It has been duly noted in the White House that Mr. Trump, who feels that he has been ill served by his staff, has increasingly included Mr. Kushner when he dresses down aides and officials, a rarity earlier in his administration and during the campaign.
The most serious point of contention between the president and his son-in-law, two people familiar with the interactions said, was a video clip this month of Mr. Kushner’s sister Nicole Meyer pitching potential investors in Beijing on a Kushner Companies condominium project in Jersey City. At one point, Ms. Meyer — who remains close to Mr. Kushner — dangled the availability of EB-5 visas to the United States as an enticement for Chinese financiers willing to spend $500,000 or more.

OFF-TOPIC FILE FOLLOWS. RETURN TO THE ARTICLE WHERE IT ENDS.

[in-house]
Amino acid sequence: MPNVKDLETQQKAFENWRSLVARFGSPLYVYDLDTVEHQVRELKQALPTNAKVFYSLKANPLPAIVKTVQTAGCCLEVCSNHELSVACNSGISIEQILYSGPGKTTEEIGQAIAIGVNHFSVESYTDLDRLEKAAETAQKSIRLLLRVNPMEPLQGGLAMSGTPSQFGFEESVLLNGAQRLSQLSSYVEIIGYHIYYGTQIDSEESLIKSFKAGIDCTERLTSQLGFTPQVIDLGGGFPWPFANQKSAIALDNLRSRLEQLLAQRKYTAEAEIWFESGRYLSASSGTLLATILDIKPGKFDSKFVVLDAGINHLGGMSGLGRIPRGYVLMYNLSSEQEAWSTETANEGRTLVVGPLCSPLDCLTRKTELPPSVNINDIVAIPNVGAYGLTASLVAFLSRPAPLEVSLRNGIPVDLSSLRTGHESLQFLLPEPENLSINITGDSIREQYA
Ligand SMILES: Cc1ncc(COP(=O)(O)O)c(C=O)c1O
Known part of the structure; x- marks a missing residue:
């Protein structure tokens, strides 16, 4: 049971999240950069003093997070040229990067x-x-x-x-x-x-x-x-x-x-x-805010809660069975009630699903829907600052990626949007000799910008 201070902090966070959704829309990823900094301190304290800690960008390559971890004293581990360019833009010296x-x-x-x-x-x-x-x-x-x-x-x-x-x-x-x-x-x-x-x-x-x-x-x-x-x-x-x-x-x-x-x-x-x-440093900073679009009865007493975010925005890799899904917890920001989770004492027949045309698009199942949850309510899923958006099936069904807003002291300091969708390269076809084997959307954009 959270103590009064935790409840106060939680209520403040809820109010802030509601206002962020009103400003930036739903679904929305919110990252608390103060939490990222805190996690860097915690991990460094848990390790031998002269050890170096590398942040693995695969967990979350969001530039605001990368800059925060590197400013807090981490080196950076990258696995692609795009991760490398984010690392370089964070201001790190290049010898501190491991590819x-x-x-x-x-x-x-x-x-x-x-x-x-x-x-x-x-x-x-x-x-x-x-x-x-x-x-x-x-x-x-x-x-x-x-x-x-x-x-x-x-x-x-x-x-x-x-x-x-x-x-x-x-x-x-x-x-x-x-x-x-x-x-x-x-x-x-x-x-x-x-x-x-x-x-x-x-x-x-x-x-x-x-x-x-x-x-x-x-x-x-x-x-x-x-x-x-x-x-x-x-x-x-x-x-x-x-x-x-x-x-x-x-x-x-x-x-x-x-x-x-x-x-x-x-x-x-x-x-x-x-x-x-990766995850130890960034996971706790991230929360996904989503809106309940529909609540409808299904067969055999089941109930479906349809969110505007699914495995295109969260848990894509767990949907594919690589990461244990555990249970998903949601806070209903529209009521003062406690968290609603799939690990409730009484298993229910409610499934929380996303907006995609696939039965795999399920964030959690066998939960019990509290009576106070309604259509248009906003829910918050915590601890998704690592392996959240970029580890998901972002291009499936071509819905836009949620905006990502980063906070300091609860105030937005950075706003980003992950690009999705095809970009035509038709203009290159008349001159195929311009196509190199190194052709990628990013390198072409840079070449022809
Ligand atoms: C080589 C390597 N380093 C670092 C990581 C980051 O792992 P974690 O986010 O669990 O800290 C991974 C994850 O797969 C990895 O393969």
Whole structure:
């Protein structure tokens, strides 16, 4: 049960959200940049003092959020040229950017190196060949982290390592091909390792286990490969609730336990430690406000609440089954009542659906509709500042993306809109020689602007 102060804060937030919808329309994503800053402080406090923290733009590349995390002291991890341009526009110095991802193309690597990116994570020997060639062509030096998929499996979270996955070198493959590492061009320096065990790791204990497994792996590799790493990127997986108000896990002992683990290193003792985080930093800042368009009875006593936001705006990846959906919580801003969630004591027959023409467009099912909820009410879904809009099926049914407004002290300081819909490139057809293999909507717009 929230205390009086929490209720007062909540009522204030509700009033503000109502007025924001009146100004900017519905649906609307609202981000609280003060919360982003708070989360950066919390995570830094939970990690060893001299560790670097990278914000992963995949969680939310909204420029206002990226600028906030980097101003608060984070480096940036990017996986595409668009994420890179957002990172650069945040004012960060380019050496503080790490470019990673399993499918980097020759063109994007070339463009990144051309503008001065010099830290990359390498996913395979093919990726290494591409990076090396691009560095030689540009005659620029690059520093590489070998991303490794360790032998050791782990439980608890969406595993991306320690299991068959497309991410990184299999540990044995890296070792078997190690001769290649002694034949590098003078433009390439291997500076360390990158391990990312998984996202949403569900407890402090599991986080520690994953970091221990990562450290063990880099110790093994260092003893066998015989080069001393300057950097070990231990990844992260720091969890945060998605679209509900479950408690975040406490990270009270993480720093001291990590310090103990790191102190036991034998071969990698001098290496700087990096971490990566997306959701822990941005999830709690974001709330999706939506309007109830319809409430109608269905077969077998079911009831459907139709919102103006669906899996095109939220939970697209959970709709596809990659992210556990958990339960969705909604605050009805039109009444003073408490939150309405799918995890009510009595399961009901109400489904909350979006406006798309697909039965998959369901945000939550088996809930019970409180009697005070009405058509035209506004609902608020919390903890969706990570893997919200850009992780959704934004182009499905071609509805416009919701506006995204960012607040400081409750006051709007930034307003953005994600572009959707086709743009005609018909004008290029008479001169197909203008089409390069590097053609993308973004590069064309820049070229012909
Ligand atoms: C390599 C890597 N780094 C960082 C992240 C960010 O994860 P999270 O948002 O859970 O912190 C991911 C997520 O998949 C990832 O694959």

For Mr. Trump, Ms. Meyer’s performance violated two major rules: Politically, it undercut his immigration crackdown, and in a personal sense, it smacked of profiteering off Mr. Trump — one of the sins that warrants expulsion from his orbit.
In the following days during routine West Wing meetings, the president made several snarky, disparaging comments about Mr. Kushner’s family and the visas that were clearly intended to express his annoyance, two aides said. Mr. Kushner did not respond, at least not in earshot.